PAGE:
We are about to start looking for a bigger home and we will need a significantly bigger mortgage. We are not looking to borrow an unrealistic amount, and our finances and credit ratings are in very good shape.
We have quite a bit of disposable income, not having a car or children – but most of it goes on spending in pubs and restaurants. These all appear on our bank statements – especially mine – as contactless card payments.
I’m worried that this will work against us with lenders when they check our statements as they will see it as an indication of financial fecklessness. My wife says not to worry as it is discretionary spending that can be cut back on by choice.
Who is right? And should we start paying by cash to remove these items from our statements?
Lenders might prefer you use contactless as it provides a transparent view of your spending
Will Kirkman, of This is Money, replies: The idea of someone going through your bank statements is scary enough without the added pressure of applying for a mortgage, so it’s no wonder people stop to think about their spending when it nears time to switch to a new deal.
The short answer is that you are unlikely to be turned down if you spend a chunk of your disposable income in the pub – but as with all these things, it’s complicated.
Andrew Montlake from mortgage broker Coreco replies: This is a really good question and one we get a lot. There is much confusion as to what lenders actually look at on spending patterns and what constitutes good or bad financial behaviour in their eyes.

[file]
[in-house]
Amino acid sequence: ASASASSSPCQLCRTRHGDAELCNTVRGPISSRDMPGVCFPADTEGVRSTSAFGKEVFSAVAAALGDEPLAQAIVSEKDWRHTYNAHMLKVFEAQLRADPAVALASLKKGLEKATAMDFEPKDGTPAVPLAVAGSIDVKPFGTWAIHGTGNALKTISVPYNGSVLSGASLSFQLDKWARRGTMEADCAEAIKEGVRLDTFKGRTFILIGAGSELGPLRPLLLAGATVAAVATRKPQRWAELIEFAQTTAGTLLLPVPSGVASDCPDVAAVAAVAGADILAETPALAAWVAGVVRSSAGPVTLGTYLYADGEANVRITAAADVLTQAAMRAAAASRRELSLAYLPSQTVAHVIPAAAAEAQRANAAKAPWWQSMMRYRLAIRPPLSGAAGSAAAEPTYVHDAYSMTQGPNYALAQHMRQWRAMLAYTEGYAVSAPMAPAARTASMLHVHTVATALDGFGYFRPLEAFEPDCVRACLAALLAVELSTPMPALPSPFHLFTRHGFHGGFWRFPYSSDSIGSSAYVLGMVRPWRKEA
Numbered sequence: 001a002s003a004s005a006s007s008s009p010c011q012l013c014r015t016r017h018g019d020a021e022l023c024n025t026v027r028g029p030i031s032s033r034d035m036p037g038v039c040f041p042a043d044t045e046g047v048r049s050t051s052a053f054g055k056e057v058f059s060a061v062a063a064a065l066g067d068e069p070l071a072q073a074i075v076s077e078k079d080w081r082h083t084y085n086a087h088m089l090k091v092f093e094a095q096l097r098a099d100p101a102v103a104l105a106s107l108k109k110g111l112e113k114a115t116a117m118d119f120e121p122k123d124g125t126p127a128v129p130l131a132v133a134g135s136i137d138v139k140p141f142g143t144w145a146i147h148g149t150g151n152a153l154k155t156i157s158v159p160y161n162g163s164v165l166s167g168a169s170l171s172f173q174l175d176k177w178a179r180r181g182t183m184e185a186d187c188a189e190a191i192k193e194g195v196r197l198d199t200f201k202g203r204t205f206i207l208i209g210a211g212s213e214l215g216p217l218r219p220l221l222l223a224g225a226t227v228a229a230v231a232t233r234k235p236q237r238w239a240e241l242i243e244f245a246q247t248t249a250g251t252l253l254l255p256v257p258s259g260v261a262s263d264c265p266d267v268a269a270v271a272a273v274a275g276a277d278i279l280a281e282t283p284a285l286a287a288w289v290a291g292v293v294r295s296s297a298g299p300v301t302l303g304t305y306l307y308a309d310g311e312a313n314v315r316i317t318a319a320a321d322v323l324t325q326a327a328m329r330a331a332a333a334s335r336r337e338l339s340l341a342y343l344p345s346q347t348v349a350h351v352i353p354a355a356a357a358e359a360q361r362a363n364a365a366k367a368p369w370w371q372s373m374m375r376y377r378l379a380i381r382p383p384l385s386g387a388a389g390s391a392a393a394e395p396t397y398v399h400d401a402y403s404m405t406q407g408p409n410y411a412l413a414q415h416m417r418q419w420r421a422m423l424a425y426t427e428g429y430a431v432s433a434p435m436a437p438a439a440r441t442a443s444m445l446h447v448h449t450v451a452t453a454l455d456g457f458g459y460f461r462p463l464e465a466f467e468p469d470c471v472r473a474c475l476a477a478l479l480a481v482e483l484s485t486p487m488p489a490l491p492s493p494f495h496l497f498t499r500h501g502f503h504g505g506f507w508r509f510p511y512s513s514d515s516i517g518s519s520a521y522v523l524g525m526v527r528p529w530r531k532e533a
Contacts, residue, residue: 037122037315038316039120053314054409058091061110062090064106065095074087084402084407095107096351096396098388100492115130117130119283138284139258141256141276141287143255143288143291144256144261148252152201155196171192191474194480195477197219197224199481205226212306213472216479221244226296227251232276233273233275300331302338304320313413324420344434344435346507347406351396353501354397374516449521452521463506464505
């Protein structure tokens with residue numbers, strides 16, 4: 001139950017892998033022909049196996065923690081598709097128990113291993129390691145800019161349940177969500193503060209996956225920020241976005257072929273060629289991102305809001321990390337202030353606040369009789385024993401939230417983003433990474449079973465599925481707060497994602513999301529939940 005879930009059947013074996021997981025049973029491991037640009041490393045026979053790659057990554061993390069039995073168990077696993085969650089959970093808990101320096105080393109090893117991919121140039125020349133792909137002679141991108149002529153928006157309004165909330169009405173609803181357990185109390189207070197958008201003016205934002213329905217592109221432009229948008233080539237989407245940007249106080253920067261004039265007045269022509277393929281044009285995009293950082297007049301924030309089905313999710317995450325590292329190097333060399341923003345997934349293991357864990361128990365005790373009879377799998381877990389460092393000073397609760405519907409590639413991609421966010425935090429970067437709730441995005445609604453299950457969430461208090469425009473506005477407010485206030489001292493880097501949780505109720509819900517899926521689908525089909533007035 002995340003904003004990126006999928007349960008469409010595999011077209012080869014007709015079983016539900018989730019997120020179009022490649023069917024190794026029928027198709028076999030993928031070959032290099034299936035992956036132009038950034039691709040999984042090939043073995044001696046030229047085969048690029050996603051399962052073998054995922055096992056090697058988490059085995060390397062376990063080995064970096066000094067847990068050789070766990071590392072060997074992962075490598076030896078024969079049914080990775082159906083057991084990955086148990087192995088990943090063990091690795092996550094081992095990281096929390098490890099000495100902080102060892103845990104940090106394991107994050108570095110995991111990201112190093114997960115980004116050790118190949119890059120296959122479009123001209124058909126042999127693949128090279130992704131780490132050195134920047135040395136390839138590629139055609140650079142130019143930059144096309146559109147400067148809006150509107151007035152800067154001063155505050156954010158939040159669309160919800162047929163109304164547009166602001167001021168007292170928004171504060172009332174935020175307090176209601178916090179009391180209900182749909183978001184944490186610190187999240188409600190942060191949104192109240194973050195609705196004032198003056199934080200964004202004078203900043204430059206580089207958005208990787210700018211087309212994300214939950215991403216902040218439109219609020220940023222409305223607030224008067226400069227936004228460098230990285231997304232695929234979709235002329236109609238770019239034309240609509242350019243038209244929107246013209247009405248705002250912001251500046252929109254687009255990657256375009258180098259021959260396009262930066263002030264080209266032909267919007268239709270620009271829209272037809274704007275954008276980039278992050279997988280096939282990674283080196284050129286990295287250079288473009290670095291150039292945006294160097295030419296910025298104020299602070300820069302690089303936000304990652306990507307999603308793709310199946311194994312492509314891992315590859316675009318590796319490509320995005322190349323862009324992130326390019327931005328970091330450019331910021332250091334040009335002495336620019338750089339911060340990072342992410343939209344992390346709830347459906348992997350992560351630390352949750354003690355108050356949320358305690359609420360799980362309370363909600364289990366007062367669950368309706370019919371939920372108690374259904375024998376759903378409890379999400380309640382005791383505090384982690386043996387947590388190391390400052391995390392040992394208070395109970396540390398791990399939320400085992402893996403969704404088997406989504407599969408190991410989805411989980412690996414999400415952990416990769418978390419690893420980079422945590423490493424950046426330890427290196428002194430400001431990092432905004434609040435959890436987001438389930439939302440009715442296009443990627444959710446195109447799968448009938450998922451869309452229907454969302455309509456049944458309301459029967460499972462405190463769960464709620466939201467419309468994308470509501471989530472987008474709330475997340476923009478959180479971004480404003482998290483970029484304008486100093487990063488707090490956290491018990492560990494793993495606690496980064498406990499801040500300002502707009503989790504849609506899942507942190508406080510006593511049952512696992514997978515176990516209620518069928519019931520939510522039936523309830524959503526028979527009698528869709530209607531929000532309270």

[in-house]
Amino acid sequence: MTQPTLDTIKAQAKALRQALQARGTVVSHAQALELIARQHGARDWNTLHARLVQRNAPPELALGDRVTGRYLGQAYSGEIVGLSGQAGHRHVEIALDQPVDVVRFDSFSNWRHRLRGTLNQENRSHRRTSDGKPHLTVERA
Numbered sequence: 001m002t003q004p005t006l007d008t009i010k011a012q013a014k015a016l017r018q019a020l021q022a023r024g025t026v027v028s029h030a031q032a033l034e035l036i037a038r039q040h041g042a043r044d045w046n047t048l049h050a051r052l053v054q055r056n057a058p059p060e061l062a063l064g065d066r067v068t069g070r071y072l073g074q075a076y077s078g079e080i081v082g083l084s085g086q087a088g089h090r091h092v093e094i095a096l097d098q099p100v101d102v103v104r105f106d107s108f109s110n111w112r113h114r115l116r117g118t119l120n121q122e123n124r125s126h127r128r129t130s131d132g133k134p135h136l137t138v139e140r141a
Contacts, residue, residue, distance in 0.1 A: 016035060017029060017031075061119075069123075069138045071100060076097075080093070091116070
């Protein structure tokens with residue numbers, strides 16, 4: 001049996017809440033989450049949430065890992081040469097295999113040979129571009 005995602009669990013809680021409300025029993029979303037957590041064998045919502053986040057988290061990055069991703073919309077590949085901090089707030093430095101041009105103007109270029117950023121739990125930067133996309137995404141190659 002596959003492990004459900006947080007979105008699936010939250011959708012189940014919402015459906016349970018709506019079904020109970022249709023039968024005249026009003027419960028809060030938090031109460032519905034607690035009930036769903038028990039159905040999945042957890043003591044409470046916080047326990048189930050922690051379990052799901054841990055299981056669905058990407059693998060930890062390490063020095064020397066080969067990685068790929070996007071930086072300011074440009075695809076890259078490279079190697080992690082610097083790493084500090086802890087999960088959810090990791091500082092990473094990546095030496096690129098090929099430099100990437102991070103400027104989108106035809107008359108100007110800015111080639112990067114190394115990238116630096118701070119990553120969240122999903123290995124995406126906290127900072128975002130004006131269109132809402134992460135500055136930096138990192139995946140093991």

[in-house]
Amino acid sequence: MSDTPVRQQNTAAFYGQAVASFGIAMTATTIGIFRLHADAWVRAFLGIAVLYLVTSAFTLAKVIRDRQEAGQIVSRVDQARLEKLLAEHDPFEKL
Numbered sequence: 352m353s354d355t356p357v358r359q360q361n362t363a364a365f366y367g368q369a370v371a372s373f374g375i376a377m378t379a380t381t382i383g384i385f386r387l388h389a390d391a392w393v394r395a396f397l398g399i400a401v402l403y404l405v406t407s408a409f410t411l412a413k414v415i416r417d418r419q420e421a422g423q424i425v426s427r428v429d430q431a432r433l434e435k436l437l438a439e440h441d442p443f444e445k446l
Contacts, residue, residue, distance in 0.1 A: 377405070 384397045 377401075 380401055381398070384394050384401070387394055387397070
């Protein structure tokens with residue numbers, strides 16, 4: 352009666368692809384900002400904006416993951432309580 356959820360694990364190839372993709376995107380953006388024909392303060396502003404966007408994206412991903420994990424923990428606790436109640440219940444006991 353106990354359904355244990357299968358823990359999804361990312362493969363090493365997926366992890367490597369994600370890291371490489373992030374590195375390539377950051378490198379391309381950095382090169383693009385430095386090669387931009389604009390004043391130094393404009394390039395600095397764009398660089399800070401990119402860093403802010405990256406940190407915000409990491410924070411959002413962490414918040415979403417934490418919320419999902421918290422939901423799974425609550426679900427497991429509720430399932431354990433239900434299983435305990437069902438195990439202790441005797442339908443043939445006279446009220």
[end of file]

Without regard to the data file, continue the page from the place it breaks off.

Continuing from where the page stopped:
Andrew Montlake of mortgage broker Coreco
The good news is that you needn’t worry, you are allowed to have a social life!
Lenders look at your credit score as a whole which, if you have always paid your bills, credit cards or any loan payments on time should be fine.
Where bank statements are concerned the key things they are looking at are whether you go into overdraft and if you do, is it within limits.
They don’t like things like payday loans, lots of online betting transactions or even joke references from friends when they may transfer money to you. It may seem funny at the time, but lenders sometimes don’t see the humour.
They also look for anything regular like direct debits to see where your monthly spending is already allocated. Insurance costs, pension and school fees are other items.
In your case, with a healthy disposable income and as long as your bank accounts are run satisfactorily, there should be no issues. Spending in pubs and restaurants is of course totally discretionary and most underwriters will understand that your lifestyle will change once you have a bigger mortgage.
Saying this, in the three months leading up to getting a mortgage I would perhaps start to act as if you were paying a mortgage and reign in any extravagances or big lump sums that may lead to questions.
Make sure you keep well within overdraft limits and present the best picture possible to the underwriters. If nothing else this is good preparation to get you used to budgeting with a larger mortgage payment.
From what you have said I don’t think there is anything to worry about and no need to suddenly revert to cash to pay for everything. Lenders are comfortable with credit as long as it is all paid on time without any issues.